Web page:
If crying "uncle" is slang for surrendering, then Iraq's announcement yesterday that it might pull out of Kuwait amounted to something like saying "first cousin once removed" -- not quite "uncle" but a pleasing sound nonetheless. The right words, though, have not yet been uttered.

Words alone, especially in the Middle East, amount to little. It's instructive to bear in mind that Saddam Hussein once before promised to withdraw from Kuwait. That was in August, shortly after he seized the country. Baghdad even released film purporting to show its troops heading home. Satellite photos and other intelligence showed the opposite. Iraq was digging in -- and an indignant George Bush went ballistic, calling Iraq a liar. In essence, the war began that very day.

Similarly, while any Iraqi mention of a withdrawal from Kuwait is unprecedented, its apparent attempt to link it to the Palestinian issue is not exactly new. In the weeks preceding the Jan. 17 onset of the air war, it maintained that Kuwait could not be treated in a vacuum: Israel's occupation of the West Bank and Gaza Strip had to be on the table, too.

There were two problems with that condition: It was patently insincere and, if accepted, it would have rewarded Iraq for its aggression. The United States, leaning on its allies, rejected it.

Now the Palestinian issue has once again been linked to withdrawal from Kuwait. But even if Israel were predisposed to surrender the Occupied Territories -- and the government of Prime Minister Yitzhak Shamir most certainly is not -- the problem would remain incredibly complicated. The question of Jerusalem alone and Moslems, not to mention Christians -- may well be beyond resolution. Even within the Israeli peace movement, there is little support for giving up Jerusalem.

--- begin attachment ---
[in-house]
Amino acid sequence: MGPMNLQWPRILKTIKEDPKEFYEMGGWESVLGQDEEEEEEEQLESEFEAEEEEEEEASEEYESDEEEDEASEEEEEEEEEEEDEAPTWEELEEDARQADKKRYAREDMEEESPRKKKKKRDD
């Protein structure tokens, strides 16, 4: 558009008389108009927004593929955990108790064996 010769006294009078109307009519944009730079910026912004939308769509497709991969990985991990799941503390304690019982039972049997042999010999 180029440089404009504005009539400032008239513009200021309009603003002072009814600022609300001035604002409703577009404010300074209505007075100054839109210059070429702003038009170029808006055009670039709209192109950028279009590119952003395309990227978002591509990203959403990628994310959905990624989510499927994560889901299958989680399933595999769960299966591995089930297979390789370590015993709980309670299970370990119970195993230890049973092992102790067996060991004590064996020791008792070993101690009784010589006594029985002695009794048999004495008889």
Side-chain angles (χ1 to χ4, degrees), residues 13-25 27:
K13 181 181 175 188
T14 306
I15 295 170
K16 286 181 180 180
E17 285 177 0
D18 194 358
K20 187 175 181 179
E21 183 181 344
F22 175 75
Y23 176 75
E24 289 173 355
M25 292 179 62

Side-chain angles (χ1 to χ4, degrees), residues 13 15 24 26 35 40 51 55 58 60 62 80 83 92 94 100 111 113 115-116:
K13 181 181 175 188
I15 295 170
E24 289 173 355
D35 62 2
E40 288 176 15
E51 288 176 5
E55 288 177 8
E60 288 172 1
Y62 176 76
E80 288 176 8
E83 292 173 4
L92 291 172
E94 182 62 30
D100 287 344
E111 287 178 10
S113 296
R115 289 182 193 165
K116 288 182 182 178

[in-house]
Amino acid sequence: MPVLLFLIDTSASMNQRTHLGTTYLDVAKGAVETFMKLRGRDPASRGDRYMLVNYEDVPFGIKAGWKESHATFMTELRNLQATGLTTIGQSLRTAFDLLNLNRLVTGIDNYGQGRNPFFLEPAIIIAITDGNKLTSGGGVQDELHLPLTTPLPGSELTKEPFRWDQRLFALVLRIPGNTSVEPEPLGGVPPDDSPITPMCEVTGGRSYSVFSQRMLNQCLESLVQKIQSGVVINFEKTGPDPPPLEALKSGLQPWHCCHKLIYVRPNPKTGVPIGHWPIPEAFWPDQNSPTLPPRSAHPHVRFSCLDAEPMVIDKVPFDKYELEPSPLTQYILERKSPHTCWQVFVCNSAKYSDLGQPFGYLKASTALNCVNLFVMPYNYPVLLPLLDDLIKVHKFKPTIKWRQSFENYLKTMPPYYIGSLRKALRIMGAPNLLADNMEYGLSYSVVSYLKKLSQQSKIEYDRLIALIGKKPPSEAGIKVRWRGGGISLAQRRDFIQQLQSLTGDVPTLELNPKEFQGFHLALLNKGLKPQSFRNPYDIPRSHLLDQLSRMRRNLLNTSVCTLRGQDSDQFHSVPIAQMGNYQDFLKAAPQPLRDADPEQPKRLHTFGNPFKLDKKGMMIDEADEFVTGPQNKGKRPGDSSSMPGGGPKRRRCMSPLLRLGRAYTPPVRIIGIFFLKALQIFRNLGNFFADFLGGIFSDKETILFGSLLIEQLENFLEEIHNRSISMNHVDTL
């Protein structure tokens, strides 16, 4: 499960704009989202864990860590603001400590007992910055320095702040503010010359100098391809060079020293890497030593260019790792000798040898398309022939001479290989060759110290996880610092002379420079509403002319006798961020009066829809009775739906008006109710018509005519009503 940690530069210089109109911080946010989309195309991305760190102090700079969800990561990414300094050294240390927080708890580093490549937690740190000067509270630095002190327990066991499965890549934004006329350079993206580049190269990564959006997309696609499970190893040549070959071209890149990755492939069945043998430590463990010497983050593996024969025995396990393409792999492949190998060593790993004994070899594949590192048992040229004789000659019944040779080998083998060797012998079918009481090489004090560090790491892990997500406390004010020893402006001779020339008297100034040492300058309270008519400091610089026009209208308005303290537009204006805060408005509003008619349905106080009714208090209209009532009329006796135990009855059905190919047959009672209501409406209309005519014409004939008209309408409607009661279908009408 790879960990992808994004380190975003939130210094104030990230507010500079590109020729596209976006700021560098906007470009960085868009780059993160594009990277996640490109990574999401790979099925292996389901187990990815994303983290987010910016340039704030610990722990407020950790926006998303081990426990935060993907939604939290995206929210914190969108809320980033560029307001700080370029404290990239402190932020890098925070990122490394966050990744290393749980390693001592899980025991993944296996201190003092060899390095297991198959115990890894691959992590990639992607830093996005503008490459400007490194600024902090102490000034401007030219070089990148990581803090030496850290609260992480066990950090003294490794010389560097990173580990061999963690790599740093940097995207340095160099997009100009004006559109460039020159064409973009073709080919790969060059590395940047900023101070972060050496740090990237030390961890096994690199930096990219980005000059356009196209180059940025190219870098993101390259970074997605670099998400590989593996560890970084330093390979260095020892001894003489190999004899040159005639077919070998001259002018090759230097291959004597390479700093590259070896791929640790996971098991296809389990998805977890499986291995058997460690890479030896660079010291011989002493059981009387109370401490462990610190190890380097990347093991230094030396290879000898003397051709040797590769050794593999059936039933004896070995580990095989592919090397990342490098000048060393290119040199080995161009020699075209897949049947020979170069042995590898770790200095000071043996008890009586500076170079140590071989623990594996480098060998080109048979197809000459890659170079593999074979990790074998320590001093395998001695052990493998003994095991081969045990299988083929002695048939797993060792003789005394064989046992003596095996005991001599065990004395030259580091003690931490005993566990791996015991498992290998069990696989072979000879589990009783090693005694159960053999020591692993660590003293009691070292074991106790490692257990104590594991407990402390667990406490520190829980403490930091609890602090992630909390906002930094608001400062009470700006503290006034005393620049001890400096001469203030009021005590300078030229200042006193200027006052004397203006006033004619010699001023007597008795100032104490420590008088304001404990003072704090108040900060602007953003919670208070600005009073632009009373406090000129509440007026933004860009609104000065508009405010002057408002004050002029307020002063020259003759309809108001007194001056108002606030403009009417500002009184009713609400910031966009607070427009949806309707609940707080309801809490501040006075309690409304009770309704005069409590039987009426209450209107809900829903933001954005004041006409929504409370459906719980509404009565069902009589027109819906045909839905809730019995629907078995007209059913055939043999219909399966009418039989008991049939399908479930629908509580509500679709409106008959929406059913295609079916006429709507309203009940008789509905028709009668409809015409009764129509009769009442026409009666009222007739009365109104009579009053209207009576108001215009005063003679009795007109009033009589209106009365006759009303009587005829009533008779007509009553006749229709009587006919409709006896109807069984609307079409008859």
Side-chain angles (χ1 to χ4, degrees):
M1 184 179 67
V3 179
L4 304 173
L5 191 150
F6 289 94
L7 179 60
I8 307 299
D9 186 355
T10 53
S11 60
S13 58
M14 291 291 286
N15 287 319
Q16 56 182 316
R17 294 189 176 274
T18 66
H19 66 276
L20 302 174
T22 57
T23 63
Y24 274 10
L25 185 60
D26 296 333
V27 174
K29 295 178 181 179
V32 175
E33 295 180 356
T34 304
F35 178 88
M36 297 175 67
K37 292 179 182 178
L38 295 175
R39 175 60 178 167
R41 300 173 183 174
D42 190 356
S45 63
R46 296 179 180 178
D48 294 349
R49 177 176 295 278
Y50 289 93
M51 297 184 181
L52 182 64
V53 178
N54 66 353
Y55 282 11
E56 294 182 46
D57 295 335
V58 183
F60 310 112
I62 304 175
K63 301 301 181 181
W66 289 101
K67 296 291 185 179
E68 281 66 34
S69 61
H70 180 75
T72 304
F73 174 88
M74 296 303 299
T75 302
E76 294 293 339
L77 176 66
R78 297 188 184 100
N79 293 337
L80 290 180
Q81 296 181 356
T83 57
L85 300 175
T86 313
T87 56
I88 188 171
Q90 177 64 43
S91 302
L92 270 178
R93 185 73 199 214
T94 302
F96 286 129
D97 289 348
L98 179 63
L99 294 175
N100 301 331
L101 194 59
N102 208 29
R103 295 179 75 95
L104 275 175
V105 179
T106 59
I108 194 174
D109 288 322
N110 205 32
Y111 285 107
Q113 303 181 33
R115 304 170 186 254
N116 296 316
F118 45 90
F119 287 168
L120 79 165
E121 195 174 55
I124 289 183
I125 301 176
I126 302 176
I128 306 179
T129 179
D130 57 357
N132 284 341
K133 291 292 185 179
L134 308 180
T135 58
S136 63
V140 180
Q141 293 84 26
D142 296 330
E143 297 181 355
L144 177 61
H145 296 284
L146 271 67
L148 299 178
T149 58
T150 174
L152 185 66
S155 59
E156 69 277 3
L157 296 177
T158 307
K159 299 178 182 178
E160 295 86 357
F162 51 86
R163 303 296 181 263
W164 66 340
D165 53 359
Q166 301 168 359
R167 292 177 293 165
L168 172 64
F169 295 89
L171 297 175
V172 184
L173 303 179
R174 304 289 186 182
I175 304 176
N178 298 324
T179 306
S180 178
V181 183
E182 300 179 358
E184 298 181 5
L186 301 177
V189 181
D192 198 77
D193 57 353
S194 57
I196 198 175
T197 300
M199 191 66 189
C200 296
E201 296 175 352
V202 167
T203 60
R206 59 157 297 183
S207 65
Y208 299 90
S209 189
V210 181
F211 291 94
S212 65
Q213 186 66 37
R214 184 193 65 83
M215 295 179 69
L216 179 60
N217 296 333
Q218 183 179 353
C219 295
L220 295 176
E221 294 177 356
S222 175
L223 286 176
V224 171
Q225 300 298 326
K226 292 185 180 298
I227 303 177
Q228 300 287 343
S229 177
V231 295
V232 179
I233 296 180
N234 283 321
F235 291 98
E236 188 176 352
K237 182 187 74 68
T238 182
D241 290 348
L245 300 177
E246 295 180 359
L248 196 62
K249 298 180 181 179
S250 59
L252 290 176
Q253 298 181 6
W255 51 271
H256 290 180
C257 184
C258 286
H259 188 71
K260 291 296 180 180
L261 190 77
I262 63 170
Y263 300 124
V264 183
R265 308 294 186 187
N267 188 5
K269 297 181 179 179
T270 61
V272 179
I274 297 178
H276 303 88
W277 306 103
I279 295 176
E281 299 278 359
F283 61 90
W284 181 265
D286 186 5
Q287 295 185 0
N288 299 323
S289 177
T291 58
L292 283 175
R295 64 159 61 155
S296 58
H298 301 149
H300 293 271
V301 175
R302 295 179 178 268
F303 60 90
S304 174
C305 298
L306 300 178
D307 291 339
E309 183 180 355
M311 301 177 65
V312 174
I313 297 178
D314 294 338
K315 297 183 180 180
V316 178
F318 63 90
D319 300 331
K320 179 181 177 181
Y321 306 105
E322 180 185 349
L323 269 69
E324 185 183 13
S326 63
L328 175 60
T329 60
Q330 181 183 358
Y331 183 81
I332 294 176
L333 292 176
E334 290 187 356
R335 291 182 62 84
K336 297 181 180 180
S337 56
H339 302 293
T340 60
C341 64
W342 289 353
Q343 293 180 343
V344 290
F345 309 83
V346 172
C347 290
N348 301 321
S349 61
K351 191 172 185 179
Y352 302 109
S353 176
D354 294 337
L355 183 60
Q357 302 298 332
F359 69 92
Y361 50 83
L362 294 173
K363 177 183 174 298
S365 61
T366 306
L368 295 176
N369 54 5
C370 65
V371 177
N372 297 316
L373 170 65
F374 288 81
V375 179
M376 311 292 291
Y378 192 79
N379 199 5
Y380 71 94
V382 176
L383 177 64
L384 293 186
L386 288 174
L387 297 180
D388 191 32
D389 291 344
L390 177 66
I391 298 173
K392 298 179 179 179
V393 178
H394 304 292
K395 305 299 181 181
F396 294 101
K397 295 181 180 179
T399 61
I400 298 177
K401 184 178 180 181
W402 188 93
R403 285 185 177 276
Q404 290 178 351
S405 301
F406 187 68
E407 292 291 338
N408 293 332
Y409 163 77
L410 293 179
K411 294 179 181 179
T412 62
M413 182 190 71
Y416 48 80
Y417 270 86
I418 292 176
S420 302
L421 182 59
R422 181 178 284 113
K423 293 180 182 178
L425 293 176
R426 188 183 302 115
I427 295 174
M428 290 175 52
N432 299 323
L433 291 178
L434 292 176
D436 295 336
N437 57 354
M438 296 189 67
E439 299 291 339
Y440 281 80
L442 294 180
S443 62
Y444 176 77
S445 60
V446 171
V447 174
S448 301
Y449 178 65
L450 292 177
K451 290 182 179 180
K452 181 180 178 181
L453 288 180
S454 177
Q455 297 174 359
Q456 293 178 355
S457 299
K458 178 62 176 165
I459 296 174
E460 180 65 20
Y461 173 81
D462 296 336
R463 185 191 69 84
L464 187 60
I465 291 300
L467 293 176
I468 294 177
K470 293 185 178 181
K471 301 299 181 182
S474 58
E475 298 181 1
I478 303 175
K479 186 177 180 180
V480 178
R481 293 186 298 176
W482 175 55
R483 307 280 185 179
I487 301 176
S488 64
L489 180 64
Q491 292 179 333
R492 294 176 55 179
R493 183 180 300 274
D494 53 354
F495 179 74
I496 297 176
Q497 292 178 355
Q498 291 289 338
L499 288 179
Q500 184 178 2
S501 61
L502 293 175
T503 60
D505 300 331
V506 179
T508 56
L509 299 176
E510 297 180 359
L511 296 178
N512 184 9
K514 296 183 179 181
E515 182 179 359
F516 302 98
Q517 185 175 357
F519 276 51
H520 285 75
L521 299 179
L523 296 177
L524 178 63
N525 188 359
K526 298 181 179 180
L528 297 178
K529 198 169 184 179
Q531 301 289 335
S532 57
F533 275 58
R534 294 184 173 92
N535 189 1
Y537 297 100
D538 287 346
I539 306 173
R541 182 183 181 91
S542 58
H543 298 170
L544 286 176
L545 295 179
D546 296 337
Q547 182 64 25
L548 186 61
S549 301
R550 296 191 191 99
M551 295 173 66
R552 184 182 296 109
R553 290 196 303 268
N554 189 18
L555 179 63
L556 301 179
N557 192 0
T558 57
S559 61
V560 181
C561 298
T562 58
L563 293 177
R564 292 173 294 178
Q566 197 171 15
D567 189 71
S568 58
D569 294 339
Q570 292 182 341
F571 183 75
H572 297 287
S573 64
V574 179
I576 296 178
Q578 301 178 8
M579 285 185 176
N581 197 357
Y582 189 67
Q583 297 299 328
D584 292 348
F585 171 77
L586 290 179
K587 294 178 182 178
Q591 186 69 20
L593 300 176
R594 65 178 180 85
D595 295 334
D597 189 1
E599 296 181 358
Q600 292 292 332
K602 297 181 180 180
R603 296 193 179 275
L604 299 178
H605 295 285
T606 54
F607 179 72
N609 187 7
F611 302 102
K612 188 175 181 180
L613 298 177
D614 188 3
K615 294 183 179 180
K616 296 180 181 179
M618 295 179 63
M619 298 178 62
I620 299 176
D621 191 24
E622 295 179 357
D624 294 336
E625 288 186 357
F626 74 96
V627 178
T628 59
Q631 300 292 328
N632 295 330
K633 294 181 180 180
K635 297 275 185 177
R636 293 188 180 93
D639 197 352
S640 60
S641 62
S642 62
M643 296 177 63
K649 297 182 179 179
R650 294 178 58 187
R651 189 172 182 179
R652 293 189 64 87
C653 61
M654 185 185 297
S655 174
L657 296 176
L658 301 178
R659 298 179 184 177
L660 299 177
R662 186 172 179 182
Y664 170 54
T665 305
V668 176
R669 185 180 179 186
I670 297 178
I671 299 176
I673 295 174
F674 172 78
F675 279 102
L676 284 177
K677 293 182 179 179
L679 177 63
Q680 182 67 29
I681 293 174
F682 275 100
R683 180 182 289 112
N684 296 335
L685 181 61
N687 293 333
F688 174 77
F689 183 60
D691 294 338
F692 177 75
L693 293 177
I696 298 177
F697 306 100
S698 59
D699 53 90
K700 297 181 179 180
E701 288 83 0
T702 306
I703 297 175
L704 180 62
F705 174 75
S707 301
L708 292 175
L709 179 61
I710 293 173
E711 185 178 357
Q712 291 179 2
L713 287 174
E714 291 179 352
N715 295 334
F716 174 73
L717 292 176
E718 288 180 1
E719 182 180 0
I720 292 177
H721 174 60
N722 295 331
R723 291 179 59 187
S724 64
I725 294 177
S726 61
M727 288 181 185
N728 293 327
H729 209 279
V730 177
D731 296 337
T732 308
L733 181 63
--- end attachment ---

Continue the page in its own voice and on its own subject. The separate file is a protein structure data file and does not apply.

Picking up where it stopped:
The linkage of the impractical (Israeli withdrawal from the Occupied Territories) with the practical and just (Iraq's withdrawal from Kuwait) is a hoary negotiating tactic. The United States and its allies are right to reject it. An acceptance would probably mean a truce and, in time, the inclination to accept the status quo.

Moreover, it would make Saddam Hussein the hero of the Arab world and put our allies, Saudi Arabia and Egypt, in an untenable position -- on the "wrong" side of the Palestinian question. Saddam Hussein is undeserving of such an honor.

War is the most horrible of man's endeavors, and no one in his right mind can favor it. But for Saddam Hussein, it is just another activity. He initiated a war with Iran, periodically called for peace and eventually wound up accepting a draw. Just how much he was deterred is evident from what he did next: the attempted genocide of the Kurds (through the use of poison gas) and the invasion of Kuwait. This man has what the police call "a previous." He cannot be trusted.

But he has stumbled, badly miscalculating the way a war would go. Iraq has been battered, and desertions from its army are increasing. Publicly, Saddam Hussein has extended the prospect of peace to his war-weary people, especially the troops who have taken such a pounding. If now, publicly, he has ventured the proposition that Kuwait is not all that dear -- that it is not, as he has maintained, an integral and historic part of Iraq, the vaunted 19th province -- then he has asked his people to fight on for a trivial purpose.

That lesson cannot be lost on those who do the fighting and dying. The very suggestion of a withdrawal from Kuwait triggered celebrations in Baghdad. Kuwait, once rich and uppity, is loathed in Iraq, but not hated or feared as an enemy. Saddam Hussein is improvising, taking advantage of a rising pro-Iraq sentiment in the Soviet military, the pressure brought on Mikhail Gorbachev, the debate in the United Nations and the revulsion over deaths of civilians. He is playing many cards, but holds the hand of a loser.

The bombing of a civilian air-raid shelter and those grisly pictures of the dead and wounded brought home to America and the world that this war, like any war, is a horrific enterprise. To recoil, to yell "enough," would be only natural.

But to leave Saddam Hussein enhanced in prestige, a military loser but a diplomatic winner, would simply set the stage for the next war -- one that might be far costlier than this one. After all, if 30 percent of his military has been destroyed, 70 percent remains -- that and a megalomaniac's enduring bitterness.

Clearly, the United States and its allies are winning the war -- and winning it in a rout. History, not to mention common sense, says that they should be the ones who set the conditions for peace. Time and time again, through United Nations resolutions and other means, they have done so: unambiguous and unconditional withdrawal from Kuwait.

That would be the cry of "uncle" the world is waiting to hear. Anything less is a victory for Saddam Hussein.